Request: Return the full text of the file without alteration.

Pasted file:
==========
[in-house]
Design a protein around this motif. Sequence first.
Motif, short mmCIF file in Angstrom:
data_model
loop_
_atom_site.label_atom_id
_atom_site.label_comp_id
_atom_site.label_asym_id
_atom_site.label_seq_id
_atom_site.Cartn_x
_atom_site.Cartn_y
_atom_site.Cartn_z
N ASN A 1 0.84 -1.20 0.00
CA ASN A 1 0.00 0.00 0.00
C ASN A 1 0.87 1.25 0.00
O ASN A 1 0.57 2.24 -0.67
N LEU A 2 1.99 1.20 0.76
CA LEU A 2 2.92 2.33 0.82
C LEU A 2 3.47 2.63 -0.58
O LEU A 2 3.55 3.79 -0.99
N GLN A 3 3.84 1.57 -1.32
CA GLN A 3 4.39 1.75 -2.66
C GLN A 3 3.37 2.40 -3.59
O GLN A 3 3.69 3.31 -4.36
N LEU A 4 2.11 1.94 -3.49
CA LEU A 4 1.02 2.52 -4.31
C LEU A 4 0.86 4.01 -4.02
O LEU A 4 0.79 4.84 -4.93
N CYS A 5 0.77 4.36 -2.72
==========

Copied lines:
[in-house]
Design a protein around this motif. Sequence first.
Motif, short mmCIF file in Angstrom:
data_model
loop_
_atom_site.label_atom_id
_atom_site.label_comp_id
_atom_site.label_asym_id
_atom_site.label_seq_id
_atom_site.Cartn_x
_atom_site.Cartn_y
_atom_site.Cartn_z
N ASN A 1 0.84 -1.20 0.00
CA ASN A 1 0.00 0.00 0.00
C ASN A 1 0.87 1.25 0.00
O ASN A 1 0.57 2.24 -0.67
N LEU A 2 1.99 1.20 0.76
CA LEU A 2 2.92 2.33 0.82
C LEU A 2 3.47 2.63 -0.58
O LEU A 2 3.55 3.79 -0.99
N GLN A 3 3.84 1.57 -1.32
CA GLN A 3 4.39 1.75 -2.66
C GLN A 3 3.37 2.40 -3.59
O GLN A 3 3.69 3.31 -4.36
N LEU A 4 2.11 1.94 -3.49
CA LEU A 4 1.02 2.52 -4.31
C LEU A 4 0.86 4.01 -4.02
O LEU A 4 0.79 4.84 -4.93
N CYS A 5 0.77 4.36 -2.72